Developing a press pack

17 June 2005
Developing a press pack

Putting together a good press pack, containing background materials and resources about your organisation, can help journalists quickly gather information they need and hence improve your chances of good coverage.

It's an excellent platform to explain what you do and what it is that sets you apart from the crowd.

Also, remember to include contact details for your organisation, so that journalists can get in touch if they need more information.

Broadly speaking, you should include the following:

1. The 'corporate backgrounder'

Normally no longer than one side of A4, this should give basic, background information about your company - its history, structure, product and service range and philosophy.

The key watch words for a good backgrounder are brevity, relevance and accessibility. You need to get across the right information in a catchy and engaging way.

Communicating your key messages is obviously important, but try to prove the qualities you are claiming rather than just stating them.

Clearly highlight what is unique about your organisation, using phrases like "We're the first organisation to offer X in the UK" or "We're the biggest supplier of X in Y".

Think about what makes you different and what information a journalist might use as interesting background for an article.

Quantify and illustrate your points. Use noteworthy statistics and details to bring key messages to life, develop your company's character and hence engage the journalist.

For instance, "We offer 100 spa treatments ranging from a relaxing mud scrub inspired by ancient Celtic fertility rites to a high impact Mongolian body massage" will have far greater impact than "We have an exceptional spa offer".

Remember that using bullet points and lists can be a good way of communicating different information clearly and effectively.

2. Biographies

The media loves the human dimension to an organisation, so a few biographies of key staff (particularly those who are company spokespeople) should also be included in press packs.

In a hotel, profiled staff will probably be the general manager and the chef - though if you have another prominent member of staff with an interesting story (for instance, an extraordinarily long-serving waiter or concierge), then they may also be included.

Again, keep things brief and relevant. Journalists won't want a life story, just a flavour of what is interesting about your star members of staff.

3. Photography

Good photography can get across the quality and distinctiveness of your offer far more effectively as words. It's also something newspapers and magazines are always looking for.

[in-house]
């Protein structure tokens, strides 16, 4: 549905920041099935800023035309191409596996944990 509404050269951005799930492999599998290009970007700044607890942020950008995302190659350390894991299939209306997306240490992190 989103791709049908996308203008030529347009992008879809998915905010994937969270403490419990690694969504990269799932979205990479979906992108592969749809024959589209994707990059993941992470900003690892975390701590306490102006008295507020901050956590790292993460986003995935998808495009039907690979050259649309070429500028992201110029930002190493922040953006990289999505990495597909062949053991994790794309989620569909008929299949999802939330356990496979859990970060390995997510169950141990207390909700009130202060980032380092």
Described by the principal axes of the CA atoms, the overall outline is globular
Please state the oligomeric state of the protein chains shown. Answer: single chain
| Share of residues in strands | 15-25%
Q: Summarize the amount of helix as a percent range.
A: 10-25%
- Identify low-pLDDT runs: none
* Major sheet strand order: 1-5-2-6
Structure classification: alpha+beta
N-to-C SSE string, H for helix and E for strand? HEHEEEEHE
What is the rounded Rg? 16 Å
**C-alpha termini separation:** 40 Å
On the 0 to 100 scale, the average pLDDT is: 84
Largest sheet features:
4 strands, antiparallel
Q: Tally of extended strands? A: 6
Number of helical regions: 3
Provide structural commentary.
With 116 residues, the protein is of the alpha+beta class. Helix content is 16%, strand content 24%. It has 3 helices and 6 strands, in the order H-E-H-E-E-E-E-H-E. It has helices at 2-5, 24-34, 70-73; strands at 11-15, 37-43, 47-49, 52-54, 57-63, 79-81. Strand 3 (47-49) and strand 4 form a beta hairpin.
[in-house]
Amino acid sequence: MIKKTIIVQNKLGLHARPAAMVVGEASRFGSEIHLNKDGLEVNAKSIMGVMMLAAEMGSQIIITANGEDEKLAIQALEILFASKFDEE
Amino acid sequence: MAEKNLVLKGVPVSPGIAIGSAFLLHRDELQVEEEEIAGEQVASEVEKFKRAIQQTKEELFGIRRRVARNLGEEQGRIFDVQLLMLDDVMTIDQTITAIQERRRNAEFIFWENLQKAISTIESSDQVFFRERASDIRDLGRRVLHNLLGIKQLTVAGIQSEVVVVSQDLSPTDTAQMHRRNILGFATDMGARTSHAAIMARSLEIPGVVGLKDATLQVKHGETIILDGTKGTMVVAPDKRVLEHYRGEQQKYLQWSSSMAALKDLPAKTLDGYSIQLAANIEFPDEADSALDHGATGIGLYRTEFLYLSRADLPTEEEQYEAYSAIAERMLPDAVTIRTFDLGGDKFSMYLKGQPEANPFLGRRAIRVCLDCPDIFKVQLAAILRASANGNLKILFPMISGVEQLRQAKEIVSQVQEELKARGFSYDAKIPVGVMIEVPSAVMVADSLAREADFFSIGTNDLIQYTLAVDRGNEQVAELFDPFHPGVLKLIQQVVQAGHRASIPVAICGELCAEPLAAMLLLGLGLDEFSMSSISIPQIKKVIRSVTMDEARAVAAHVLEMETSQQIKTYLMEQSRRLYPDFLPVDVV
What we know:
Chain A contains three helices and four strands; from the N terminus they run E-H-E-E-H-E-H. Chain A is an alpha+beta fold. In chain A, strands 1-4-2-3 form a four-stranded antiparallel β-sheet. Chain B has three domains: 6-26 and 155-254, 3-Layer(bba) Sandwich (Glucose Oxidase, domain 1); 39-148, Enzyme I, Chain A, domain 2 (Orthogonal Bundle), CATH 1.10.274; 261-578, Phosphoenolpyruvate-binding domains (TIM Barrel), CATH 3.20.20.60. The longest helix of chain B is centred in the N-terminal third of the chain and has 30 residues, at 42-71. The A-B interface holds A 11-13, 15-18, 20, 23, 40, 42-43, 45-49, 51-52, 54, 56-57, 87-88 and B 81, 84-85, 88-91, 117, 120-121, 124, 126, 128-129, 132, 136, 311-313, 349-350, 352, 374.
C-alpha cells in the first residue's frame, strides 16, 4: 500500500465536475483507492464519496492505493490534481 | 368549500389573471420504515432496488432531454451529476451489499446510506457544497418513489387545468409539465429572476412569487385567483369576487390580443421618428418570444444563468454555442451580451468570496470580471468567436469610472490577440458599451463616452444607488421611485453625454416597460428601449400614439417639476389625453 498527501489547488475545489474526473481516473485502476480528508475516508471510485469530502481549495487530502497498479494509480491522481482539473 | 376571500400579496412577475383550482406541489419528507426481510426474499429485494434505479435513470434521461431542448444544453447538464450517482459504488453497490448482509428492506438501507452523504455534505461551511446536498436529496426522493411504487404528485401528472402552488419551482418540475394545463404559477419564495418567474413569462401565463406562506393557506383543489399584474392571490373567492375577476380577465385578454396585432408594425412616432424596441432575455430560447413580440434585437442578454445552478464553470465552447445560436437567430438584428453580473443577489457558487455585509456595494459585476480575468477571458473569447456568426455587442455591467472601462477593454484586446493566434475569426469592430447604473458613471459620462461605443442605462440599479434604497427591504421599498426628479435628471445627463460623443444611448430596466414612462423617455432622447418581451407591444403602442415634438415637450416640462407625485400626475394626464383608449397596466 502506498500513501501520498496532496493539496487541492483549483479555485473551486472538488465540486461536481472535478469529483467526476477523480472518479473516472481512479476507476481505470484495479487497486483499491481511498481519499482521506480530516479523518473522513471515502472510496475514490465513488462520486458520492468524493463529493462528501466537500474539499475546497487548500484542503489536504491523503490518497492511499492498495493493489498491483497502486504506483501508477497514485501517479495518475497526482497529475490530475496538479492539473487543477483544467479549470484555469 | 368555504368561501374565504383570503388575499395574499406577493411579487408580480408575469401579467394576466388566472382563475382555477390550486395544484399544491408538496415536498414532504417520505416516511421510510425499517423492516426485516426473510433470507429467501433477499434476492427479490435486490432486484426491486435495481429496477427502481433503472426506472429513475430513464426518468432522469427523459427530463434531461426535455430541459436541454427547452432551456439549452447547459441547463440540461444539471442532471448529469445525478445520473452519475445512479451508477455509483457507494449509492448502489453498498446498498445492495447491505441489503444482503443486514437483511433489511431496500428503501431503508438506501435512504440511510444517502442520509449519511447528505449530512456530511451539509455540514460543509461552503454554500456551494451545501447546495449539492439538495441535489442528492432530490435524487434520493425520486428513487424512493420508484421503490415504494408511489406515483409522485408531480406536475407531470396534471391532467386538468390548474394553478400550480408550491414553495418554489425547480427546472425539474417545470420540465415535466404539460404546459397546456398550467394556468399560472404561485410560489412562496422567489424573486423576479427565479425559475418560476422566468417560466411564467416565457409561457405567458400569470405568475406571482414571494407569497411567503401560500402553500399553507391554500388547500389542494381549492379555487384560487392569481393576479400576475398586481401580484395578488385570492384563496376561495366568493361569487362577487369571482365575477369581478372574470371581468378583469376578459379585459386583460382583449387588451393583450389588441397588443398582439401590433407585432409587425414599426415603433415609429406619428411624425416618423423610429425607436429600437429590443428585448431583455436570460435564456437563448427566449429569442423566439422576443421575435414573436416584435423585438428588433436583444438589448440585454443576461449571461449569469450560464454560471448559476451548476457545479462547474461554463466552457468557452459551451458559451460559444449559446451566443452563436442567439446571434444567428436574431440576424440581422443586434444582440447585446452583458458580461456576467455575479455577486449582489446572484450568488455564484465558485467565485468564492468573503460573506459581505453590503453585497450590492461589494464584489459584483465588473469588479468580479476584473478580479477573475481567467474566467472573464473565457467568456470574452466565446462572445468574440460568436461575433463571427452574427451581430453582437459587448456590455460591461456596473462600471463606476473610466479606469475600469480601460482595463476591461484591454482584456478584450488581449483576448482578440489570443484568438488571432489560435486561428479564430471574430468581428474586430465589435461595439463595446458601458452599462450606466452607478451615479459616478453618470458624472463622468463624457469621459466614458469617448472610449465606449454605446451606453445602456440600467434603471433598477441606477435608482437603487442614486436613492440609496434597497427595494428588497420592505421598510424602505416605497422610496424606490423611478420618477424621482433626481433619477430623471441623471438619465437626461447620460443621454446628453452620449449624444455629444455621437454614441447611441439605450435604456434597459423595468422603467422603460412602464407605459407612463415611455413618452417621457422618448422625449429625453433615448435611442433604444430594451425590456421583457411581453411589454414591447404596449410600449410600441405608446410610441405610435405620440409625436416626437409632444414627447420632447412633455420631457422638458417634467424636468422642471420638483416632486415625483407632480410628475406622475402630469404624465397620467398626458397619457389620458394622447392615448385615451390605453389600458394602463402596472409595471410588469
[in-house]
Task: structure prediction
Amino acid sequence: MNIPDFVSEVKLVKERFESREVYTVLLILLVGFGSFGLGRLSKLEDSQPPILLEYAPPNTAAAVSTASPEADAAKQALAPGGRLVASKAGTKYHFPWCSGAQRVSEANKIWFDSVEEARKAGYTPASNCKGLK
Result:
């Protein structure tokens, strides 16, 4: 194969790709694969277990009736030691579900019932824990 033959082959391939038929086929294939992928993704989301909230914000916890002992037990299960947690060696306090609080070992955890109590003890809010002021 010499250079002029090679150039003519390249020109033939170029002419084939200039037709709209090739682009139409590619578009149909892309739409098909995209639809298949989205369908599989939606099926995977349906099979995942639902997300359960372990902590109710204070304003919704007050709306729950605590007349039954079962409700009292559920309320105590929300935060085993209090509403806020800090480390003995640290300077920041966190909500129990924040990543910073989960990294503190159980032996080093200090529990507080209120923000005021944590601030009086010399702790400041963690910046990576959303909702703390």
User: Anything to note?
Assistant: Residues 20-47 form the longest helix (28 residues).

For hotels, often the photography used in marketing materials of rooms and facilities will be fine to accompany most product-focused releases.

It is also worth getting some professional shots of your key staff -head and shoulders shots of your spokespeople may be used if a journalist quotes them in an article.

Dynamic, action shots - for example, showing your head chef in action - may also be useful.

It's best to provide the photography on CD. The press will require print quality resolution - 300dpi or more. Also take care to catalogue the photos so that every image is supplied with a description of who or what is in the photo.

This can be provided as an insert in the CD case, or as a separate A4 sheet in the press pack.

4. Case studies / additional information

It may also be appropriate to include some case studies or additional information to illustrate what your organisation offers in more detail.

These can give you the opportunity to elaborate on a key message. For instance, a hotel might provide a detailed description of its spa treatments or a restaurant might include a sample menu with pricing.

Only include information that is really exceptional and reflects what is special about your organisation.

For instance, including a sample menu with a fairly run-of-the-mill selection will probably cause more harm than good.

SUMMARY: Top tips for a great press pack

1. Keep all material accessible and relevant for a journalist
2. Avoid marketing puff - illustrate your claims with interesting examples or statistics
3. Provide an interesting snapshot of key staff in biographies
4. Invest in professional photography, caption the shots appropriately, and provide as hi-res jpgs
5. Only include additional case studies or information that are exceptional or unique

Neil Coffey is a consultant with travel PR experts BANC Communications. He can be contacted on


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